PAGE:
II. Legendary Origin of Manjusri in Wutaishan
There is a sutra entitled
'The Sutra on the Dhârani of Mañju'sri's PreciousTreasury of the Dharma'
, translated into Chinese by Bodhiruci in 710 CE.It contains a prophecy connecting him with the mountain Wu Tai Shan. "Inthis sutra the Bodhisattva Vajraguhyaka asks 'Sakyamuni to elaborate onwhat will happen when his Dharma has disappeared from Jambudvipa.'Sakyamuni answers,'After I have passed away, in this Jambudviipa, in the north-eastquarter there is a country named Maha China. In the centre of thiscountry there is a mountain named Five Peaks. The youth Mañju'sri willroam about and dwell there, expounding on the Dharma at the centreof the mountain for the sake of sentient beings. Countless devas,naagas, spirits, raak.sasas, ki.mnaras, mahoragas and other creatureshuman and not human encircle him, reverently making worshipofferings'.
It is not possible to ascertain whether this is an interpolation into anIndian original since no Sanskrit version survives and the work has noknown Tibetan translation. However, as with the corresponding materialin the Chinese translations of the Avatamsaka Sutra, the passageindicates that by the beginning of the eighth century some Chinese sawMañjusri as not only resident at Wu-t'ai shan, but as teaching and beingworshipped there.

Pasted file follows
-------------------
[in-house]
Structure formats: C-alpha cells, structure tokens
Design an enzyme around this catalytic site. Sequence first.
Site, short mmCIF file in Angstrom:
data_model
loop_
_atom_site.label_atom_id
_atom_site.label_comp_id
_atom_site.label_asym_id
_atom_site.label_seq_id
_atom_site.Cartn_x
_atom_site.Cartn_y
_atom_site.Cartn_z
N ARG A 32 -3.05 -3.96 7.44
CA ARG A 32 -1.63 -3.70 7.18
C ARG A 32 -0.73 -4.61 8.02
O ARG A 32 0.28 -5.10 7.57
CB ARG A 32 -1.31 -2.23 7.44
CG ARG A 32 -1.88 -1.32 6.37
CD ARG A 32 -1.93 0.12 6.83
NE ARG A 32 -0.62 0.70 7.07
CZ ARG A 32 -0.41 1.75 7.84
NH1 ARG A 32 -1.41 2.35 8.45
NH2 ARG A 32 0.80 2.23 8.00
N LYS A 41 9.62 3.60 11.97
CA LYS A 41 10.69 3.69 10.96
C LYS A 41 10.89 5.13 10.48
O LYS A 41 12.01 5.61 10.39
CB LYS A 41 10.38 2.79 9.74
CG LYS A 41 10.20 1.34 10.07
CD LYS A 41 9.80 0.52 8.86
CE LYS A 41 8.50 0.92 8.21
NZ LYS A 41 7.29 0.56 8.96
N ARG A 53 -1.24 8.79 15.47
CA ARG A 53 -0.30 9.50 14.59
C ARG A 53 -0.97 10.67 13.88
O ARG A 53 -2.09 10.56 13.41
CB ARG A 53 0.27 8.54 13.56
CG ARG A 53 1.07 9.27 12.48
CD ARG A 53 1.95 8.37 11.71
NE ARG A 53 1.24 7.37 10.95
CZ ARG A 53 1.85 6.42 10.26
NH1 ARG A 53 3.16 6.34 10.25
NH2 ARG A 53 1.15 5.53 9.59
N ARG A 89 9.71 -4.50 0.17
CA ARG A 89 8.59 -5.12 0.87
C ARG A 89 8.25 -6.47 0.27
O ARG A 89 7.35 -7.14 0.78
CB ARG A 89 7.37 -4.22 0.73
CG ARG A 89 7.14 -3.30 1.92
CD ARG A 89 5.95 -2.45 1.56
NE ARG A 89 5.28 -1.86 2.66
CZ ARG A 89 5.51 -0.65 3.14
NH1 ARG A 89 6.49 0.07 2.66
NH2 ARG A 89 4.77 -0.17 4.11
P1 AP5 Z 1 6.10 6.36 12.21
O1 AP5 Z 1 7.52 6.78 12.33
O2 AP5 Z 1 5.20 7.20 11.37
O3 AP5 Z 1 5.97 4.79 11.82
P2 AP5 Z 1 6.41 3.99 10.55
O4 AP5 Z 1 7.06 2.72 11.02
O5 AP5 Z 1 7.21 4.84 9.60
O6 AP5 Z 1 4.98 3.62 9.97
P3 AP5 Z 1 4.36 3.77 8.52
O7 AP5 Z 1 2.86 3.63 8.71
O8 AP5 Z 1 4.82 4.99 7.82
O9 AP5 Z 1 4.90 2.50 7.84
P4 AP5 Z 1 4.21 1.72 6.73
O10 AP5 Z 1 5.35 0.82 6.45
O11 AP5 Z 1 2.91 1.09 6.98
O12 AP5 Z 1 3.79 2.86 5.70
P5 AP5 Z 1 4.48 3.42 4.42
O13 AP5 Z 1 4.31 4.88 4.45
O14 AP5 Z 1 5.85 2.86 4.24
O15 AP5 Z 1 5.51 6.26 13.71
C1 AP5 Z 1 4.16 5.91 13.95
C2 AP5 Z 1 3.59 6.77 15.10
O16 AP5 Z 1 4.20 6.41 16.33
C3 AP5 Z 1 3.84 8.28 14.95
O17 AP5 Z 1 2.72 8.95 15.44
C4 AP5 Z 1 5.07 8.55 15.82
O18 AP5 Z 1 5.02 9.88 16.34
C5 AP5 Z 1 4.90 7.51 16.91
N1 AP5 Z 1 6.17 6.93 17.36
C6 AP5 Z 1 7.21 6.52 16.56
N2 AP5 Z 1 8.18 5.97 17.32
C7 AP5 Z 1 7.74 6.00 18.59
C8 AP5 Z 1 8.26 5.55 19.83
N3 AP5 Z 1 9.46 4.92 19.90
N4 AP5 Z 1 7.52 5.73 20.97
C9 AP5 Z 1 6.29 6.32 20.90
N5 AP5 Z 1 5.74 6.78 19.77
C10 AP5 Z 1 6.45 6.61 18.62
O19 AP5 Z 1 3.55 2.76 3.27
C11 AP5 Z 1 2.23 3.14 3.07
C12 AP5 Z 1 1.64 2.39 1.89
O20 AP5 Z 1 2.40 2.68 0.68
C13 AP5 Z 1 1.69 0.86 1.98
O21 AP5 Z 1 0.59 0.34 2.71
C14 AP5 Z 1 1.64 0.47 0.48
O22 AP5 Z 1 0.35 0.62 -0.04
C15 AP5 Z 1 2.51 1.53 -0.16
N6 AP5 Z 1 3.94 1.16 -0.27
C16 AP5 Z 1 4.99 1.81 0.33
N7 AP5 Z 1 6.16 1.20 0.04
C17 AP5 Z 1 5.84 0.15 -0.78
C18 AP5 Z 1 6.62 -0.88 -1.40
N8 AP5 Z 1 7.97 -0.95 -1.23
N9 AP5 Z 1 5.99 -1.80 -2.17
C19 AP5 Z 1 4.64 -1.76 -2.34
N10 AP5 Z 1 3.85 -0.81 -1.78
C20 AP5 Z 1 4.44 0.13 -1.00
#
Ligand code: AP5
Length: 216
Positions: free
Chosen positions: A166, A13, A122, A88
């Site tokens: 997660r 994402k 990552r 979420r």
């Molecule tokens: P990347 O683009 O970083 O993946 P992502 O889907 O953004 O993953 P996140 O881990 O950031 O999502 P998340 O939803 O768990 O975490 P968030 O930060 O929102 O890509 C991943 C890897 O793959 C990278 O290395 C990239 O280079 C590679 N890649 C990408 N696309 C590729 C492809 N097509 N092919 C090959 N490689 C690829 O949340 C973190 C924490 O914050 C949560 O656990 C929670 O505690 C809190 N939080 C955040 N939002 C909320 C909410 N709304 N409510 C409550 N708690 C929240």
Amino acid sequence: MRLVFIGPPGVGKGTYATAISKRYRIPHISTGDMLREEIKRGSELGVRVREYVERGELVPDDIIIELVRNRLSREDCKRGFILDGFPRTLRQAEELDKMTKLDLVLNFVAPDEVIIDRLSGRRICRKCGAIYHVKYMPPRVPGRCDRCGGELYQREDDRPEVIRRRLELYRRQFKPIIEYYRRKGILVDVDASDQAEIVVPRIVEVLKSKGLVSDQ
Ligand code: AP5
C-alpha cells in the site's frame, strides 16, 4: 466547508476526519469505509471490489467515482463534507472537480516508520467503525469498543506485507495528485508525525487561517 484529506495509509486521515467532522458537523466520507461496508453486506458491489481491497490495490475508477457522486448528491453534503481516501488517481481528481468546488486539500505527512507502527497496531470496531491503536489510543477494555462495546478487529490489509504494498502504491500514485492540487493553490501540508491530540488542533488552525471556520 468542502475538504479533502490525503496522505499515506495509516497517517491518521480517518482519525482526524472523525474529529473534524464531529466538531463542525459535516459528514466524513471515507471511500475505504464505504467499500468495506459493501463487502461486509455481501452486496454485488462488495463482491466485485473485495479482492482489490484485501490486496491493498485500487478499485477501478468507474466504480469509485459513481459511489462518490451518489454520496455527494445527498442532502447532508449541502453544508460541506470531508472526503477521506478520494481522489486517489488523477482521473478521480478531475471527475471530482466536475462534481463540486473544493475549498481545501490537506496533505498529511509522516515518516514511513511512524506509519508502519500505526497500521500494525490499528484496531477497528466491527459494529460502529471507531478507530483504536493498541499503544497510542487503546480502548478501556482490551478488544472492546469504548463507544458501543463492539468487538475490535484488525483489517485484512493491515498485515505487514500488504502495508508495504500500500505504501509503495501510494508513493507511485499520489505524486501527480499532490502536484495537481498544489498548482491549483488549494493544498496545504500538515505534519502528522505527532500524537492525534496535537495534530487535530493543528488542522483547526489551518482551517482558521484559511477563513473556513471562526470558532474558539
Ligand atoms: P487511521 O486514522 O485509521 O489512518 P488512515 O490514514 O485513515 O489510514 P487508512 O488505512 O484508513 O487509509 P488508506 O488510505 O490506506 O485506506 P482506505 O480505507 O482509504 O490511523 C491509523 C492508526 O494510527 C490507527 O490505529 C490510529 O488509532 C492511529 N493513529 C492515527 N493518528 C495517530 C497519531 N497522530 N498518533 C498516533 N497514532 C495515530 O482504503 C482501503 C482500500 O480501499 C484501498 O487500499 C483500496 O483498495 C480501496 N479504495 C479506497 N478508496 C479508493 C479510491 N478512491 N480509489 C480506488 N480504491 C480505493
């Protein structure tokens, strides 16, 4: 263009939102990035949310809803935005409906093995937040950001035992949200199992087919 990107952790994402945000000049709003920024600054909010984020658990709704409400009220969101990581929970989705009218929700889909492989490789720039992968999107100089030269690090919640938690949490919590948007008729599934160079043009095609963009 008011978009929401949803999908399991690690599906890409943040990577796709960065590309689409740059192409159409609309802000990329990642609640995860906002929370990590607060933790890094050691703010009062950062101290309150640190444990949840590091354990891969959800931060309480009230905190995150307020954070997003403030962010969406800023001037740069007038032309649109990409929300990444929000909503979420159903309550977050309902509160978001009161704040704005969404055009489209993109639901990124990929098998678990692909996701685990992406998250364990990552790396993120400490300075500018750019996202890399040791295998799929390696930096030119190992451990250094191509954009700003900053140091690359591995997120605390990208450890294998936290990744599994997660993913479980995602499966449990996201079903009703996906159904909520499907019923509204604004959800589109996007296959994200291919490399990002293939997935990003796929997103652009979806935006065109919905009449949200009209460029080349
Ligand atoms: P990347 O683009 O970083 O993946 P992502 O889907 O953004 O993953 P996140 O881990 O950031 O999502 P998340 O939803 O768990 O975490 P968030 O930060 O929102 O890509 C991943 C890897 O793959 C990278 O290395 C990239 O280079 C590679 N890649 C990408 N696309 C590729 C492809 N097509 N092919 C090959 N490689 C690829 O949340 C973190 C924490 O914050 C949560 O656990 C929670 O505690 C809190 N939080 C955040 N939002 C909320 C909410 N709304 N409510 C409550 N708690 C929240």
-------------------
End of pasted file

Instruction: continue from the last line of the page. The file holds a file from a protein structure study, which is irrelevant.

Sutra passages such as these can also be seen as giving scripturalauthority for Mañju'srii's presence at Wu-t'ai shan. If, as is likely, they areinterpolations, they are a means of providing legitimacy for an existingheld
belief that Wu-t'ai shan was the residence of Mañju'sri, a belief thatthe anecdotes indicate as already having some considerable momentum"Paul Demiéville has drawn attention to the association of Mañju'sri withMt. Ch'ing-liang in Buddhist Master Buddhabhadra's translation of theAvatamsaka Sutra in the first quarter of the fifth century (418-420 CE). Itis described as his residence and is the north-easterly mountain in a list of eight mountains placed at the eight points of the compass.